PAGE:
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Google asks groups to capture Street View imagery, launches Trekker camera loan program

google trekkerWhen Street View launched six years ago, Google’s service did what it said on the tin – provided views from the street. Using camera-laden cars, the company began to build a comprehensive database of panoramic images from around the world, but it didn’t take long before its ambitions deviated from the original plan, with the Mountain View company fixing its 360-degree cameras to bicycles, snowmobiles, trolleys, and later, humans.

The Trekker backpack camera allowed Google to make it to places its cars and other vehicles couldn’t easily reach – think Grand Canyon and the top of the world’s tallest building.

And now, in its ongoing quest to leave no part of our planet unmapped, the Web giant has announced that it wants you to sling a Trekker camera onto your back and start gathering panoramic data for its popular service.

But hang on a moment, it doesn’t mean Google will happily provide you with an airline ticket and hotel accommodation in response to your kind offer to gather imagery for the Cook Islands in the south Pacific – you see, there are some conditions attached.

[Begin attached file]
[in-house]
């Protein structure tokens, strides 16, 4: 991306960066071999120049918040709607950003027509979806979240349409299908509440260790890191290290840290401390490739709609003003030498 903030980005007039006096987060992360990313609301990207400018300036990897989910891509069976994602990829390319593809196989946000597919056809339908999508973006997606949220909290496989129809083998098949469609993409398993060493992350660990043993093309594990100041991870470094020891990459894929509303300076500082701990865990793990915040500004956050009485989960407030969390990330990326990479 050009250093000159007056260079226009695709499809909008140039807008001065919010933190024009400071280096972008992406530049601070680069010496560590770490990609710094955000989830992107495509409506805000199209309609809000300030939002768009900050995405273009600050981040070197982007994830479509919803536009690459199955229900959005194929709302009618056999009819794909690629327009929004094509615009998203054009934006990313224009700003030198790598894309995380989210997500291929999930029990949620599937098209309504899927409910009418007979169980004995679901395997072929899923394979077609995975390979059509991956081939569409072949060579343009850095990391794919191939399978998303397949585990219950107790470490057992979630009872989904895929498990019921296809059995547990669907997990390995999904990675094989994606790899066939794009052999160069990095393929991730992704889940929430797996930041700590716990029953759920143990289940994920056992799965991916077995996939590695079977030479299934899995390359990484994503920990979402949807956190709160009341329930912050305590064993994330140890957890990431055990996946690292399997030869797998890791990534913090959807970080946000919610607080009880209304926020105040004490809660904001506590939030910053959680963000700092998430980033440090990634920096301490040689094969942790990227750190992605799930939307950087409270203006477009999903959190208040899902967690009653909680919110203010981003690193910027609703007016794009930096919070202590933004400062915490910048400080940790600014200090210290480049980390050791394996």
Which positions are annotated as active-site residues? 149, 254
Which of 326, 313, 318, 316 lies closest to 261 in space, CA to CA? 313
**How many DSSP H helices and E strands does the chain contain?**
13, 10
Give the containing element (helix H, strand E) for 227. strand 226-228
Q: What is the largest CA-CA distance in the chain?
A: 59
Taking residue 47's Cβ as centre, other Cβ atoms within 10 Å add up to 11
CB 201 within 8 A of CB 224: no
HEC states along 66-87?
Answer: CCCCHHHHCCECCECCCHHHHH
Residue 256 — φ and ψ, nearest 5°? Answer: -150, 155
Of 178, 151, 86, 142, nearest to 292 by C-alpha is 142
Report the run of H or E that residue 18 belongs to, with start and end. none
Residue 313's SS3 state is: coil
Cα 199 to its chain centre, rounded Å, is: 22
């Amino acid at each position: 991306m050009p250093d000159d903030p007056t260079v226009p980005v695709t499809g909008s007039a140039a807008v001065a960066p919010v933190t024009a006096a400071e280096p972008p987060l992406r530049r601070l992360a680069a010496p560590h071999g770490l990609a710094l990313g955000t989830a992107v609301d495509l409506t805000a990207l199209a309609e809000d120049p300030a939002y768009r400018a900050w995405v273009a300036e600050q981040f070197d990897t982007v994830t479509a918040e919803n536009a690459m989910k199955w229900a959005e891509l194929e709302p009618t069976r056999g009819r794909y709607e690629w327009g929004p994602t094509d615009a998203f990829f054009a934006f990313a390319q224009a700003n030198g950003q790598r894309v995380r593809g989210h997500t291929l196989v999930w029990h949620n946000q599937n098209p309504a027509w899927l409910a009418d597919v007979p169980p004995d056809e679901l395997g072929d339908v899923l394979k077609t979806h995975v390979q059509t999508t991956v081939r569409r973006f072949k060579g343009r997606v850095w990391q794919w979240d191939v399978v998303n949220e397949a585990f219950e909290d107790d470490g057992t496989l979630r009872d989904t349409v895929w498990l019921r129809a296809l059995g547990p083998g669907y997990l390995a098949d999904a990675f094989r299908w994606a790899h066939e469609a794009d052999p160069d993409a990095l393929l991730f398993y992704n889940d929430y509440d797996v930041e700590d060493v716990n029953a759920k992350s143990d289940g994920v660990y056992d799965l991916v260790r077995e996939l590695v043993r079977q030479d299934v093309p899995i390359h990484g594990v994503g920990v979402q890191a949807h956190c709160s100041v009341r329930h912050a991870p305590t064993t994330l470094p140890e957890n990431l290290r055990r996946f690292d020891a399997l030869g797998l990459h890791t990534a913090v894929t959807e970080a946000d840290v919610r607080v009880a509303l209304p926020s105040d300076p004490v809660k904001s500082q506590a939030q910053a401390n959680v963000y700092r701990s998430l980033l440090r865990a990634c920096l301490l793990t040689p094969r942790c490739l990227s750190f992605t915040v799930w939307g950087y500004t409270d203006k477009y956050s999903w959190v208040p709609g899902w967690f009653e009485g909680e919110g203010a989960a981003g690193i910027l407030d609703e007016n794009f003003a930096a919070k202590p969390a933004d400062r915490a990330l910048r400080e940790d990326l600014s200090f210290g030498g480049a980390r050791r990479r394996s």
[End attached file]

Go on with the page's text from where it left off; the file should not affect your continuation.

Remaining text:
Writing in a post on the Lat-Long blog, Google’s Deanna Yick said the program is aimed primarily at third-party organizations.

“If you’re a tourism board, non-profit, government agency, university, research organization or other entity interested in borrowing a Street View Trekker to capture and share imagery from a place you know and care about, please apply today,” Yick said in the post. “This program is part of our ongoing effort to make it possible for anyone to contribute to Google Maps.”

google trekkers

Yick said the program recently kicked off with the Hawaii Visitors and Convention Bureau (HVCB), which is currently using the Trekker to take photos of some of Hawaii’s most popular, well-trafficked locations for inclusion on Google Maps.

Street View experts reportedly spent a while teaching the HVCB team how to get the best out of the Trekker before leaving them to work their way around the islands gathering imagery.

“With 360-degree interactive imagery of the islands, people all over the world can see and explore the beautiful islands before they go, including some remote and hard-to-reach places they may never have discovered on their own,” Yick said. “We also hope this imagery will be used by our partners to increase awareness and interest in their locations, potentially increasing tourism.”

If you’re into the idea of contributing to Street View through Google’s new initiative, you can find the application form here.

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